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Re: Requirements for research (Was: Dropping <input usemap="">)

From: James Graham <jg307@cam.ac.uk>
Date: Thu, 16 Aug 2007 14:58:17 +0100
Message-ID: <46C457F9.4030207@cam.ac.uk>
To: Robert Burns <rob@robburns.com>
CC: Geoffrey Sneddon <foolistbar@googlemail.com>, public-html@w3.org

Robert Burns wrote:
> 
> On Aug 16, 2007, at 8:31 AM, James Graham wrote:
> 
>>
>>> On 16 Aug 2007, at 04:40, Robert Burns wrote:
>>
>> [...]
>>
>>  From a scientific perspective, saying I searched a
>>>> cache that I have, that you can't search and I won't even show you 
>>>> the code that produces that cache , would be the same as me saying 
>>>> the following. "I have this 8-ball and when I ask it if we should 
>>>> drop @usamap from |input| it tells me 'not likely'. You may say that 
>>>> sure, 8-balls say that But the odd part is that it says that every 
>>>> time [cue eerie music]." :-) The point though is that it can't be 
>>>> reproducible at all if its all based on hidden data and methods.
>>
>> It's neither based on hidden data nor a hidden method. The data is all 
>> publicly accessible webpages. The methodology is a) spider the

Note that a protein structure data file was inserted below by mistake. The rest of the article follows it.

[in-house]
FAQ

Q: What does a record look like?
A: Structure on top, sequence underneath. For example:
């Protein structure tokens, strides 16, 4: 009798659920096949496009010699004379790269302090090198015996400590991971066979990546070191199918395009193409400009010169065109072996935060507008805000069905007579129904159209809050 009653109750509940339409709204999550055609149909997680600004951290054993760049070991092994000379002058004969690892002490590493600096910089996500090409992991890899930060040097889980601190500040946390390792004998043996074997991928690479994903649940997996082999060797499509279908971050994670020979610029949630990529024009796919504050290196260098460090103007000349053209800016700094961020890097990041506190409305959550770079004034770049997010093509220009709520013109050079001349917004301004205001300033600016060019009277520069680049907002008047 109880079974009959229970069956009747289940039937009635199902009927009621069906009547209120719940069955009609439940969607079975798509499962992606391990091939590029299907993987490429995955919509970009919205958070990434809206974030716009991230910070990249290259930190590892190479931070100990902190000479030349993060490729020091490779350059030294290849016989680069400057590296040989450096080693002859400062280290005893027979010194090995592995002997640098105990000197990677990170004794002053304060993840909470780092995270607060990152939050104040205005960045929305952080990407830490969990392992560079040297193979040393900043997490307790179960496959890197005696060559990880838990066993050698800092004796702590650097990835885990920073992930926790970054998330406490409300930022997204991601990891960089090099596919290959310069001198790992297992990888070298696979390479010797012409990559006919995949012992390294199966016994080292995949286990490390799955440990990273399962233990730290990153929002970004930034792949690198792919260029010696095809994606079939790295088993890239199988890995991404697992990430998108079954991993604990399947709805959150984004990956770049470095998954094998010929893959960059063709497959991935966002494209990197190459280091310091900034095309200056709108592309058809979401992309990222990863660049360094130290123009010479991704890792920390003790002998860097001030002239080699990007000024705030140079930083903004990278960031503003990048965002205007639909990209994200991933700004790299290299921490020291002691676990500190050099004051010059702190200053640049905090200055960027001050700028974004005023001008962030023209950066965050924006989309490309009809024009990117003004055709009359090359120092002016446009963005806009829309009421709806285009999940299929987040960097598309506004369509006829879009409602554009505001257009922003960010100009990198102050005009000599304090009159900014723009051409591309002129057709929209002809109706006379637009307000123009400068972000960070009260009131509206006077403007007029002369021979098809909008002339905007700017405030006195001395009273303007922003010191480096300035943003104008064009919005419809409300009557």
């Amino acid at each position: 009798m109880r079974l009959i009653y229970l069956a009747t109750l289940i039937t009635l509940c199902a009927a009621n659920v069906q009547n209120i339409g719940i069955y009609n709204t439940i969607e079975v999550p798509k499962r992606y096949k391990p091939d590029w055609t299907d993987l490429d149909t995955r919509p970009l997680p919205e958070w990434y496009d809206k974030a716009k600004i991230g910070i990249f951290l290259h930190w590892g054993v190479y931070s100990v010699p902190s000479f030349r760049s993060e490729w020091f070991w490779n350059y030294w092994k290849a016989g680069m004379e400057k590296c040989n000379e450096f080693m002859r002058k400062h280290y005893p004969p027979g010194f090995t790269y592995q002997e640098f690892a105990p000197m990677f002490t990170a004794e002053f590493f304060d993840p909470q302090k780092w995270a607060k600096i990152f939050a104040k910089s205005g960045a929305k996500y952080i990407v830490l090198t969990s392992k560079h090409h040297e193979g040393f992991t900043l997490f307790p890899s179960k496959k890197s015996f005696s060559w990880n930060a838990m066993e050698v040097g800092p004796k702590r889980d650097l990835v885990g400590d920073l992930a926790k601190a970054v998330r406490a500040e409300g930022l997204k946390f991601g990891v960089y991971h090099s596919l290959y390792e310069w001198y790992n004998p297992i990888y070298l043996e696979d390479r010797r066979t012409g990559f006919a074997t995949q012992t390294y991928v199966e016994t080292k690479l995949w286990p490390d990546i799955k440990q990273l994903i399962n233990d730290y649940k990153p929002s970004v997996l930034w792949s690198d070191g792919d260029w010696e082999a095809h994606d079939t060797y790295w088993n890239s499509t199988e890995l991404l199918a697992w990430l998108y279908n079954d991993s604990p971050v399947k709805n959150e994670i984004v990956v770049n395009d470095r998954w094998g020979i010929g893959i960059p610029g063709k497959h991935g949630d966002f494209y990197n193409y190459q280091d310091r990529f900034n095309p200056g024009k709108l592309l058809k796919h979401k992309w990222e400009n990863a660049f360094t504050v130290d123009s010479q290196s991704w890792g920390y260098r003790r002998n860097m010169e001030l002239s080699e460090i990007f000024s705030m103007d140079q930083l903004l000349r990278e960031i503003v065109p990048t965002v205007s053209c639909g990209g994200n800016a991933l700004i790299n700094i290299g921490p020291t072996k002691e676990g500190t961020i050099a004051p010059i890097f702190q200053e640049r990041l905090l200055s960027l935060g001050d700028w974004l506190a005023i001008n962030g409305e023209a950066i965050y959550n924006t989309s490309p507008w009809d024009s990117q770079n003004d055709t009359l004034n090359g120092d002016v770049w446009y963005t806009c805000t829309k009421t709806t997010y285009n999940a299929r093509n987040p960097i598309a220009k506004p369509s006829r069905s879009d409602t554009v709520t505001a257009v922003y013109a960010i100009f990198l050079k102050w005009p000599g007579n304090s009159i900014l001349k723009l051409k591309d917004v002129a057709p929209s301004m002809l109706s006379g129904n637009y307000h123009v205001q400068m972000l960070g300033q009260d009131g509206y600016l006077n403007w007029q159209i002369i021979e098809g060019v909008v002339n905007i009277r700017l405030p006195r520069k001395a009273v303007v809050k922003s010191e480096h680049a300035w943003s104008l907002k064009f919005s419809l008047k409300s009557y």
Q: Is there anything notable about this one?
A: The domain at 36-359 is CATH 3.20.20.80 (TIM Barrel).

>> webpages, b) run the parsing algorithms in the html 5 spec over the 
>> resulting files c) extract whatever data is of interest. That seems 
>> in-principle pretty straight forward to me and at-least as 
>> reproducible as many peer reviewed scientific studies. Indeed Phillip 
>> Taylor has already managed to reproduce the procedure on a smaller 
>> dataset and thus independently verified many of Hixie's results.
> 
> Which results are you referring to here. Ian looked for misused <input 
> usemap> elements. Philip looked for <blink> and <element-I just-mad-up> 
> on another data set.  The couldn't reproduce the same results because 
> they were looking for different things.

I meant, more generally, that the two different surveys they did have produced 
similar results for questions like "what fraction of pages use the <foo> 
element?" rather than questions specifically related to <input usemap>. IIRC 
Phillip didn't find any use of <input usemap> (which you would predict from the 
  the small usage found by Hixie and the relative number of pages in the two 
surveys).

-- 
"Eternity's a terrible thought. I mean, where's it all going to end?"
  -- Tom Stoppard, Rosencrantz and Guildenstern are Dead
Received on Thursday, 16 August 2007 13:58:39 GMT

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